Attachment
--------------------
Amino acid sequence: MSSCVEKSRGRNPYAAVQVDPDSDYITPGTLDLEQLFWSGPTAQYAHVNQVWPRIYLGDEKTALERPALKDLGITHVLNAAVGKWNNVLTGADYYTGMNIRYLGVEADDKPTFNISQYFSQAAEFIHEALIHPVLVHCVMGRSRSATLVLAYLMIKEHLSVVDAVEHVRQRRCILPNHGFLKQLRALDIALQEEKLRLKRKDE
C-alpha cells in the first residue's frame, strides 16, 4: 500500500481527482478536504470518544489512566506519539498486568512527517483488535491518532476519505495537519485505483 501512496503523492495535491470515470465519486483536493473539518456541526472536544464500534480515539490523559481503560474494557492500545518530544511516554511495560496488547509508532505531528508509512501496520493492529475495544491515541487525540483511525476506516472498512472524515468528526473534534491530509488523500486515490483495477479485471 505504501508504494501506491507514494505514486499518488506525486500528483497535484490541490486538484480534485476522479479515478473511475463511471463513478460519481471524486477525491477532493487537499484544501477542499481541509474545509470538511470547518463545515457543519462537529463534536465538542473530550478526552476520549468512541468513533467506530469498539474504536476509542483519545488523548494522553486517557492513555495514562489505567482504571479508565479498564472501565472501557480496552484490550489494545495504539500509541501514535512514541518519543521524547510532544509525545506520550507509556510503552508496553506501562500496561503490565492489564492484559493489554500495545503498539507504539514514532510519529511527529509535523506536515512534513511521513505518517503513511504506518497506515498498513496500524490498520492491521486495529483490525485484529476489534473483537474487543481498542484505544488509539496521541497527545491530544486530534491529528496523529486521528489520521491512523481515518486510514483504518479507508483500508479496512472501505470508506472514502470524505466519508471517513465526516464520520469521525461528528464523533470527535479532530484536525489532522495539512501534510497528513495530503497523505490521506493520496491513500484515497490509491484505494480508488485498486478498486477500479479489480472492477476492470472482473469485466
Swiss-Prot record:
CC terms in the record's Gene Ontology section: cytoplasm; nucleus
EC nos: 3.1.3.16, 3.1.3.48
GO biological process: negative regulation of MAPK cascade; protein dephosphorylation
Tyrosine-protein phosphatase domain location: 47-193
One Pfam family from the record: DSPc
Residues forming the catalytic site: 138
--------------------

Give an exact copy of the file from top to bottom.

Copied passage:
Amino acid sequence: MSSCVEKSRGRNPYAAVQVDPDSDYITPGTLDLEQLFWSGPTAQYAHVNQVWPRIYLGDEKTALERPALKDLGITHVLNAAVGKWNNVLTGADYYTGMNIRYLGVEADDKPTFNISQYFSQAAEFIHEALIHPVLVHCVMGRSRSATLVLAYLMIKEHLSVVDAVEHVRQRRCILPNHGFLKQLRALDIALQEEKLRLKRKDE
C-alpha cells in the first residue's frame, strides 16, 4: 500500500481527482478536504470518544489512566506519539498486568512527517483488535491518532476519505495537519485505483 501512496503523492495535491470515470465519486483536493473539518456541526472536544464500534480515539490523559481503560474494557492500545518530544511516554511495560496488547509508532505531528508509512501496520493492529475495544491515541487525540483511525476506516472498512472524515468528526473534534491530509488523500486515490483495477479485471 505504501508504494501506491507514494505514486499518488506525486500528483497535484490541490486538484480534485476522479479515478473511475463511471463513478460519481471524486477525491477532493487537499484544501477542499481541509474545509470538511470547518463545515457543519462537529463534536465538542473530550478526552476520549468512541468513533467506530469498539474504536476509542483519545488523548494522553486517557492513555495514562489505567482504571479508565479498564472501565472501557480496552484490550489494545495504539500509541501514535512514541518519543521524547510532544509525545506520550507509556510503552508496553506501562500496561503490565492489564492484559493489554500495545503498539507504539514514532510519529511527529509535523506536515512534513511521513505518517503513511504506518497506515498498513496500524490498520492491521486495529483490525485484529476489534473483537474487543481498542484505544488509539496521541497527545491530544486530534491529528496523529486521528489520521491512523481515518486510514483504518479507508483500508479496512472501505470508506472514502470524505466519508471517513465526516464520520469521525461528528464523533470527535479532530484536525489532522495539512501534510497528513495530503497523505490521506493520496491513500484515497490509491484505494480508488485498486478498486477500479479489480472492477476492470472482473469485466
Swiss-Prot record:
CC terms in the record's Gene Ontology section: cytoplasm; nucleus
EC nos: 3.1.3.16, 3.1.3.48
GO biological process: negative regulation of MAPK cascade; protein dephosphorylation
Tyrosine-protein phosphatase domain location: 47-193
One Pfam family from the record: DSPc
Residues forming the catalytic site: 138